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Sunday, May 20, 2012

Collaborative cooking

When I invited my daughter and her husband and son to Sunday night supper, she said, "We need beef" and suggested flank steak. Maybe I don't cook it right, but I always find flank steak too chewy. I had a recipe for roast beef from Mystery Lovers Kitchen, courtesy Cleo Coyle, author of the Coffeehouse Mysteries and one of my favorite authors. It called for a sirloin tip roast. Another recipe I want to try called for 1-1/2 lbs. boneless sirloin steak. It's the end of the month, and I'm eking out my pennies, so I asked the butcher which was cheaper, and he said the roast. I asked for a 3 lb. roast at most--which was really too much for us, given that Jacob doesn't like beef--and got a 3.87 lb. roast. Dilemma.
Called my cooking neighbor, Jay, and said I had a brilliant idea. We'd butterfly the roast and grill it. (The original recipe, which calls for a rub, also specified grilling as an option but not for a roast the size I had.) Jay had two objections: he'd never butterflied a roast, and he'd never grilled a roast. Plus he had only cooked one roast in his life and that was chateubriand (some help he is, with caviar tastes!). I could see clearly how it would work, but I needed a co-conspirator.
Here's what we did: I set the roast out about two, covered in plastic wrap, to come ro room temperature. A little before five, I lit the grill. When Jay came over, we butterflied the roast (split it sideways, if you will) and spread the rub (kosher salt, pepper, sweet paprika, brown sugar, and chile powder) heavily on both sides. Then Jay dabbed olive oil on it, and oiled the grill. We kept the front burners lit and put the roast on the back until he decided it would be a good idea to sear it and then move it to the back. A little over an hour later, we had a perfect, moist, tender medium rare piece of meat--with enough left over for lunches for everyone. I think the advantage to butterflying it was that the slices were thin and you got a taste of the rub with every bite. Absolutely wonderful.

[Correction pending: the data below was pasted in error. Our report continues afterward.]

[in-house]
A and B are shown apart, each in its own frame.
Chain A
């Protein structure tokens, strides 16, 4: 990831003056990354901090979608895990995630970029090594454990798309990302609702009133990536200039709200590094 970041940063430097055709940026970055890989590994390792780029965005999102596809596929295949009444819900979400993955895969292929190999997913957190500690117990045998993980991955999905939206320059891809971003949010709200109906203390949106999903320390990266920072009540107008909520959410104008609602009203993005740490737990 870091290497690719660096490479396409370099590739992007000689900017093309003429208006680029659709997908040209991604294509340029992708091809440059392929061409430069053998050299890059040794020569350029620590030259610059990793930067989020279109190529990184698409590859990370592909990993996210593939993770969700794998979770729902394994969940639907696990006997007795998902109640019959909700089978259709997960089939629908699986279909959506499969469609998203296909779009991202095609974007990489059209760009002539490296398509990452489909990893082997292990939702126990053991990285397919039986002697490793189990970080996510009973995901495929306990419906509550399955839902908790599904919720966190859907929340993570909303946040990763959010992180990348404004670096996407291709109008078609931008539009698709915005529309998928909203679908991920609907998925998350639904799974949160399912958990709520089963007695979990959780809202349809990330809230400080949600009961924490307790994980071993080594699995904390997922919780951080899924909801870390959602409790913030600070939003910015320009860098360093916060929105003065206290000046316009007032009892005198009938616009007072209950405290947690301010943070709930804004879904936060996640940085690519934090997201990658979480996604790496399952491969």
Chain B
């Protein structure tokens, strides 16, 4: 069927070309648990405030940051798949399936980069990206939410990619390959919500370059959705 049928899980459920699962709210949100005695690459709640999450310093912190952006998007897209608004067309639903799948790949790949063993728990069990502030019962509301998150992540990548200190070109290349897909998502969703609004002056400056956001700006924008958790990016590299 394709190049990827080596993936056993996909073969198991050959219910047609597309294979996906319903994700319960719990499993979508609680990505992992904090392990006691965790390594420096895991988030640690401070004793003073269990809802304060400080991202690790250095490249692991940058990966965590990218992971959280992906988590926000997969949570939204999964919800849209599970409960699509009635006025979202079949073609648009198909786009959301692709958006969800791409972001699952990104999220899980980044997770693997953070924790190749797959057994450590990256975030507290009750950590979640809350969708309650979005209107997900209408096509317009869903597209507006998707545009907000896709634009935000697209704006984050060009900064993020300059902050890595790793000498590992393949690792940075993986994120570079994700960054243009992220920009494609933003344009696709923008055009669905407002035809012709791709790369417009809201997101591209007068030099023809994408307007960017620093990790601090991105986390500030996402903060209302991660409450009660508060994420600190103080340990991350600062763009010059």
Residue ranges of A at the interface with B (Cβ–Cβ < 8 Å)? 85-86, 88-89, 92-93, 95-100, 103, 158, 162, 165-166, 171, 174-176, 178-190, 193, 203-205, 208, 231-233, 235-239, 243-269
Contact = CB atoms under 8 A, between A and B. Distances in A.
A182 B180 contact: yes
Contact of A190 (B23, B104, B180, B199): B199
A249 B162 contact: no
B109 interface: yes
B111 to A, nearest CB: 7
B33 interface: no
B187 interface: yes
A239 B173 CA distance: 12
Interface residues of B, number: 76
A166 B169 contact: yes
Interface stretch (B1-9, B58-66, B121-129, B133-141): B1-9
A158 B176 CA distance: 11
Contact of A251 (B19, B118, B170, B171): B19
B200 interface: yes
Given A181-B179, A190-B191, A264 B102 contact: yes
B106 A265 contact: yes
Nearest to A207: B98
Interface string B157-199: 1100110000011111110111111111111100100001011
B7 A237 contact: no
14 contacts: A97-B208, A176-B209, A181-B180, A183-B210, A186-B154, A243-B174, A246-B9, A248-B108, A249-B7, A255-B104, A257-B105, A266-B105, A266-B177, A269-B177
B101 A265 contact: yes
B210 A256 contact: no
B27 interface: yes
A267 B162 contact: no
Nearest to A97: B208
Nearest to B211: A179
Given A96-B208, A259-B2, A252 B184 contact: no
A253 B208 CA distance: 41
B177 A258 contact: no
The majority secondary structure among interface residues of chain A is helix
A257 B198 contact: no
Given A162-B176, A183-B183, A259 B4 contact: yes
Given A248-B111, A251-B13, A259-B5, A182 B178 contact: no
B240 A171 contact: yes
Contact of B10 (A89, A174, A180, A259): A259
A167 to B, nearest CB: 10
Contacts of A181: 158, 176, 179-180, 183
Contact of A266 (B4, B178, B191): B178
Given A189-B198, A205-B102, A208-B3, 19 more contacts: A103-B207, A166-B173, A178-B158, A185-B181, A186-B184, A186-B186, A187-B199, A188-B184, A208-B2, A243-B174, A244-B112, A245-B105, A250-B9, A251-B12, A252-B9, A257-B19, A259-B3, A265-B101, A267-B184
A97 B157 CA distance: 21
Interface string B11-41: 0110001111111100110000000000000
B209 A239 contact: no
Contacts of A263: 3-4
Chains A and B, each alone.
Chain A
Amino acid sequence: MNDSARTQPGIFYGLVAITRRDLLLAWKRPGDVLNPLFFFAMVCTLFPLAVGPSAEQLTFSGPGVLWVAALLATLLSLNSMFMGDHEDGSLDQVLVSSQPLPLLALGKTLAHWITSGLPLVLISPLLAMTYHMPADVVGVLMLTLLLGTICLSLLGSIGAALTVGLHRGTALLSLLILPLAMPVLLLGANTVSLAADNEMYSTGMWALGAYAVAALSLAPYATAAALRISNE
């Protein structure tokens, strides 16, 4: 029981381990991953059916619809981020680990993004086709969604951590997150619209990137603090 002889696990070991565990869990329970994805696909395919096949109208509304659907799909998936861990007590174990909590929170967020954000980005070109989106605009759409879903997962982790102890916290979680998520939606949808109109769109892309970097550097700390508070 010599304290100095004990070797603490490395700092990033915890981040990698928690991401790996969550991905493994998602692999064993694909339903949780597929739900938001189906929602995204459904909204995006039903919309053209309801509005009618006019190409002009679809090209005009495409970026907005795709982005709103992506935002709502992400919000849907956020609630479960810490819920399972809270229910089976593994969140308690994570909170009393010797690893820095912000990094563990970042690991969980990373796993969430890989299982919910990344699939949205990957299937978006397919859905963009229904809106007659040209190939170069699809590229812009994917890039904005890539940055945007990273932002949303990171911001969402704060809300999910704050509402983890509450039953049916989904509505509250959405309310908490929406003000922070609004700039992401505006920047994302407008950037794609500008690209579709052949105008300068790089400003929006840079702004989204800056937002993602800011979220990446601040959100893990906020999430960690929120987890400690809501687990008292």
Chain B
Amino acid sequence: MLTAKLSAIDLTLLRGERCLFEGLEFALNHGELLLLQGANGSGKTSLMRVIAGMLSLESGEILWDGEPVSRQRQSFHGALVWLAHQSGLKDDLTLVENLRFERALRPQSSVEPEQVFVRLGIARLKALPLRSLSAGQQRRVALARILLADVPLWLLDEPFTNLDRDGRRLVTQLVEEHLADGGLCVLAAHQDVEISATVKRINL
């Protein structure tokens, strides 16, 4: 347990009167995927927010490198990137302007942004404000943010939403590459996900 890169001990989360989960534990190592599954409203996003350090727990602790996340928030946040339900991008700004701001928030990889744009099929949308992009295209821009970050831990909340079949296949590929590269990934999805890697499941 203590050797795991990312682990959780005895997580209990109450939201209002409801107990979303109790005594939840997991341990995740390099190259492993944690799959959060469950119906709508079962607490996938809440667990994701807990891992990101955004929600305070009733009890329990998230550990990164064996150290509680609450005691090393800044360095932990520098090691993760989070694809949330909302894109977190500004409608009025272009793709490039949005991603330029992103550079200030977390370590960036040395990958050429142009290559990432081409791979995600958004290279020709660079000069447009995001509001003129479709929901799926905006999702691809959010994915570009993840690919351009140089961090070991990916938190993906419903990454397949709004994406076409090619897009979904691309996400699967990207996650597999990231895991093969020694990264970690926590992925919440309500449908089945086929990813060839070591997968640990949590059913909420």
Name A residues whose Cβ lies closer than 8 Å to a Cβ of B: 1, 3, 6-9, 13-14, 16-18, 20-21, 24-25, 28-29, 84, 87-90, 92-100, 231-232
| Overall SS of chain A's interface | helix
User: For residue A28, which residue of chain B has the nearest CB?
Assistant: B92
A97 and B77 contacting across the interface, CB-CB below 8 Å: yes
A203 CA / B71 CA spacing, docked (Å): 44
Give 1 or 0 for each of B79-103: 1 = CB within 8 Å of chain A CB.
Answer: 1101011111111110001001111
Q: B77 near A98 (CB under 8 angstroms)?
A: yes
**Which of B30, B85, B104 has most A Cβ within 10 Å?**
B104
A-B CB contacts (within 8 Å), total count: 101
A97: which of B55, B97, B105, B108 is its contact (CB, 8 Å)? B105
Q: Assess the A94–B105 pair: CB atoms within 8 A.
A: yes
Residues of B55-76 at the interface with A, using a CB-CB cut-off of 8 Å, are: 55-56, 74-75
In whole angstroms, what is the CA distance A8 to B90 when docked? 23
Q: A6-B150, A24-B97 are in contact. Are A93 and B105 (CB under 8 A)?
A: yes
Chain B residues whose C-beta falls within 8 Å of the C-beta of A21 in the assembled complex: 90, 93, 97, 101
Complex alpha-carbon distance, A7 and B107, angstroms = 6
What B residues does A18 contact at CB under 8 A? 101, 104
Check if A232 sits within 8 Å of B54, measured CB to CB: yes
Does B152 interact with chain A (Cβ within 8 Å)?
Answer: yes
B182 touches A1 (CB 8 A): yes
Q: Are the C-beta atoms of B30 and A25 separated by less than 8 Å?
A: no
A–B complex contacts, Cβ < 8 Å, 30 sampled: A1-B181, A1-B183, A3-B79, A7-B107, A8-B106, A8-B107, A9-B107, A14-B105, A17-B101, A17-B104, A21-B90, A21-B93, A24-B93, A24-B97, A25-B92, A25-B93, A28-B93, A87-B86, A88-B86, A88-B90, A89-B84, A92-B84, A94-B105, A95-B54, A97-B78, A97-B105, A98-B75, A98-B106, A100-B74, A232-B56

Here's Cleo Coyle's recipe. You'll see how we changed it: To accompany this, Jordan made a big salad. Jay doesn't eat the blue cheese we love, so in order to have his company and that of his wife, Susan, we sacrificed and made a salad with feta. Warmed over rolls from the freezer and, at the last minute, chocolate chip cookies. Jay ran home and got the frozen dough Susan had bought from some school child. She's better than I am because I always just say, "No, thank  you."
Not a gourmet meal but so good--and lots of wine and beer consumed. Lovely evening. We all sat on the porch during the cooking but moved inside for dinner--six just won't fit around my porch table.
Years ago, one of the things I liked about my marriage, when it was good, was having someone to cook for company with. Tonight took me back to those days but now I can do that roast myself.

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